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Key Factors, Unresolved Issues in New Deferred Action Program for Immigrant Youth Will Determine Its Success

September 23, 2012

Key Factors, Unresolved Issues in New Deferred Action Program for Immigrant Youth Will Determine Its Success
Source: Migration Policy Institute

On August 15, just 60 days after President Obama announced a policy to offer two-year relief from deportation to certain qualifying unauthorized immigrants under the age of 31 who were brought to the United States as children, US Citizenship and Immigration Services (USCIS) began accepting applications for its new program. Even as many thousands of applicants lined up to apply or seek information on the program’s first day, a number of key factors, some still unknown or unresolved, will ultimately determine the success of an initiative that will allow qualifying unauthorized immigrants a conditional reprieve from deportation.

The most salient issues to be addressed include the efficiency and uniformity of the program by the government and service providers; those of confidentiality concerns for both applicants and their families and employers who have hired them, national and state-level issues of how to qualify for the educational attainment guideline, and unspecified guidelines of what crimes preclude registration. As well, how states choose to react to DACA will be a significant factor in DACA’s implementation, as already Arizona Governor Jan Brewer has issued an executive order noting the state will not grant driver’s licenses or other public benefits to DACA recipients.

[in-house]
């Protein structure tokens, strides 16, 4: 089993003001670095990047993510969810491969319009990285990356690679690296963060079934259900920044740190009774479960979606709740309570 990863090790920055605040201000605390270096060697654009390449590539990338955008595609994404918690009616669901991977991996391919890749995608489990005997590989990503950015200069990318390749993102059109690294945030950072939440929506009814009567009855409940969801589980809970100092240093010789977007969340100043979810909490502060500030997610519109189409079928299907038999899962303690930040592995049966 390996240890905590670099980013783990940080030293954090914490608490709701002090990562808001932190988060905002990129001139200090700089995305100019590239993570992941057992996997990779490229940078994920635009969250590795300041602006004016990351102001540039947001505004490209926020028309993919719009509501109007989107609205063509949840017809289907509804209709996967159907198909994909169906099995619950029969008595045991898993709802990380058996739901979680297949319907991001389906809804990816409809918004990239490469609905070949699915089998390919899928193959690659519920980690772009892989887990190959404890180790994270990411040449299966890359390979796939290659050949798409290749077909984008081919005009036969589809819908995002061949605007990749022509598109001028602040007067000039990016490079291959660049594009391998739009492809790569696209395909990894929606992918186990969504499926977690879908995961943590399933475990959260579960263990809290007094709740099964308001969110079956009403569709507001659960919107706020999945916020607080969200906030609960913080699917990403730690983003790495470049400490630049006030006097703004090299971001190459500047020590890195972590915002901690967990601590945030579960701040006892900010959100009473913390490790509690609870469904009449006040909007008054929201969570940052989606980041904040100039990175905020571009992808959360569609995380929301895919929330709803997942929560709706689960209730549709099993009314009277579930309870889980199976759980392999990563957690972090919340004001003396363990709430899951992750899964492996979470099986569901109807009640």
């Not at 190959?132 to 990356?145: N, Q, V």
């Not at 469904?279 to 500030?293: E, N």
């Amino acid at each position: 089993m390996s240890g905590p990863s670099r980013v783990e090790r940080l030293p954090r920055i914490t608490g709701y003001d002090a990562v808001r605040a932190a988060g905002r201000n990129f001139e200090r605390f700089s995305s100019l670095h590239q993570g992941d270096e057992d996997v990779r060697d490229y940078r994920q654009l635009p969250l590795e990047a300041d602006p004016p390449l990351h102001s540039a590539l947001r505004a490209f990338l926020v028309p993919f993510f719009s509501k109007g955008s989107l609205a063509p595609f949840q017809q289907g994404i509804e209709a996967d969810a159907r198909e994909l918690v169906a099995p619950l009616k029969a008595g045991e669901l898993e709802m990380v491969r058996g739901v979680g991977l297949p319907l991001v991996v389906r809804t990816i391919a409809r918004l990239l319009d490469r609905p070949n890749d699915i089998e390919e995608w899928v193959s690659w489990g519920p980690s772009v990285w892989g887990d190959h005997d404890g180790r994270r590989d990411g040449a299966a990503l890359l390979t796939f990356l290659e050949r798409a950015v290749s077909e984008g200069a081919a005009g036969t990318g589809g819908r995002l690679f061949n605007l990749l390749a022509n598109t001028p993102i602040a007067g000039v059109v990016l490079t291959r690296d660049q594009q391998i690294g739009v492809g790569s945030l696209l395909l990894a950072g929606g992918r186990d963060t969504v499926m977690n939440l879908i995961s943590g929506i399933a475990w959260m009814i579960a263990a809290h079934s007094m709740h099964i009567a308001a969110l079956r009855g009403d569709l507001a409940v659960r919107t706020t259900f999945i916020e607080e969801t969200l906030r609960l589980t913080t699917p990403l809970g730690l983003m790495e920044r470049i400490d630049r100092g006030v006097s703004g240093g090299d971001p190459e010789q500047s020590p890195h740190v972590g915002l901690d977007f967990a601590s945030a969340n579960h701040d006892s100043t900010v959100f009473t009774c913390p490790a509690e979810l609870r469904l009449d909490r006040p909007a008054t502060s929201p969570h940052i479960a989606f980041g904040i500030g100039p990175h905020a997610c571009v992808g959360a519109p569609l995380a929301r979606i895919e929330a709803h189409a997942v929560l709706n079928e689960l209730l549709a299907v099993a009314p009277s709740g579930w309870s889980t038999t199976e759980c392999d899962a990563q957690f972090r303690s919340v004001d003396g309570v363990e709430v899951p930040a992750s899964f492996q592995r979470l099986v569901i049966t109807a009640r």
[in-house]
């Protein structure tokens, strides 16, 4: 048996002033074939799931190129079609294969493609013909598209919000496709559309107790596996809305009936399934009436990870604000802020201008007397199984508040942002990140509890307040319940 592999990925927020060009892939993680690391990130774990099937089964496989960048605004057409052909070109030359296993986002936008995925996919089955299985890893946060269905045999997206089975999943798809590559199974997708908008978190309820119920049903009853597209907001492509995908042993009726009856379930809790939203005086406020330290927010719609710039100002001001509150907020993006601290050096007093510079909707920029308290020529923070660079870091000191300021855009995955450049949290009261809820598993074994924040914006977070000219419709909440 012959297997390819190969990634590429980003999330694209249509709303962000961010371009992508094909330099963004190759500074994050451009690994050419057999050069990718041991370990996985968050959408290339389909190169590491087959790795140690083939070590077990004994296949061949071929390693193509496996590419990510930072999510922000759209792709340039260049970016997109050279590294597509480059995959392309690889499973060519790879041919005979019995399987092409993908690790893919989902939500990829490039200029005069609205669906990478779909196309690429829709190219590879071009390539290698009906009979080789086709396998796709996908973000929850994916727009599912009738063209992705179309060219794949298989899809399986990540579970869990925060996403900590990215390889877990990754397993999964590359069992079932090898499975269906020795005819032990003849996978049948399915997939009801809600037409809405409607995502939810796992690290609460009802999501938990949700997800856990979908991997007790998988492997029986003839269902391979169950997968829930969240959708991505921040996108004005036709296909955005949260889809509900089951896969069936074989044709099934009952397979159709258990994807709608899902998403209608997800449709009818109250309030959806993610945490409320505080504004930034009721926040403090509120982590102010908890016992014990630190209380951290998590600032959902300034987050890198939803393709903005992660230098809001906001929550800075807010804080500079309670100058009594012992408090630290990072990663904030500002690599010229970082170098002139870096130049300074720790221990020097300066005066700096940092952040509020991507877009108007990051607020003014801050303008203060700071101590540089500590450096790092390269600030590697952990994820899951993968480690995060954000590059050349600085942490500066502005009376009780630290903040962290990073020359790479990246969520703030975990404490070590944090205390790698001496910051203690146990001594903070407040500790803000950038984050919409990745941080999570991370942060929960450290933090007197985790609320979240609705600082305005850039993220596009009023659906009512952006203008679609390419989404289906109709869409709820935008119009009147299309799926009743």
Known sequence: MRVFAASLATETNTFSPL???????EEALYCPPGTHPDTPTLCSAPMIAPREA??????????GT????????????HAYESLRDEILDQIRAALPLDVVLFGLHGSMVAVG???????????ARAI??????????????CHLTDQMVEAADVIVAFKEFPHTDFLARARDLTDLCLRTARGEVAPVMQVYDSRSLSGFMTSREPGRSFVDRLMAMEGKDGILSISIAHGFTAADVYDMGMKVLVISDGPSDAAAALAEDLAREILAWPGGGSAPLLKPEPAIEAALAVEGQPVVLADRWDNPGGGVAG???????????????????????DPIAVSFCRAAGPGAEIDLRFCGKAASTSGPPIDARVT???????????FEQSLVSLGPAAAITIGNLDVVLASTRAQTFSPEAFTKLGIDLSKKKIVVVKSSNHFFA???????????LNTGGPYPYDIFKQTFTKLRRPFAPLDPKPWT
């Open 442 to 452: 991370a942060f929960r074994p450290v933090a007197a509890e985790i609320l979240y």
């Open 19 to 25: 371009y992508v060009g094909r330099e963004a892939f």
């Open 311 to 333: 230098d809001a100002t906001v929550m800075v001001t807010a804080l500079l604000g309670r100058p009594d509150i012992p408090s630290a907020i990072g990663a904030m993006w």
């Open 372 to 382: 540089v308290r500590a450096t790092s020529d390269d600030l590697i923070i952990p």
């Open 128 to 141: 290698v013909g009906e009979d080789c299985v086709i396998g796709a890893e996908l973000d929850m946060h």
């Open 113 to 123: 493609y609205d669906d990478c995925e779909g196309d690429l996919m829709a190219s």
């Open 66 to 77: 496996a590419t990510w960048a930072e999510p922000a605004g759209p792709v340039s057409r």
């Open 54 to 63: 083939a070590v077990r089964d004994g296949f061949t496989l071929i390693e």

Though interpretation of some of the guidelines remains unclear – and it remains an open question how states will react on key issues such as whether DACA beneficiaries are deemed eligible to apply for and receive in-state tuition rates and other criteria – the broad outlines of the program have emerged. In addition to protection from deportation, the program will on a case-by-case basis offer work authorization and possibility of travel abroad to a subset of this specific unauthorized population, popularly referred to as DREAMers (from the proposed Development, Relief, and Education for Minors Act on which the policy is based). The Migration Policy Institute (MPI) estimates that 1.76 million individuals could be potentially eligible for the program, formally titled Deferred Action for Childhood Arrivals (DACA), making it the largest US immigration benefit program ever authorized by the US executive branch at one time.

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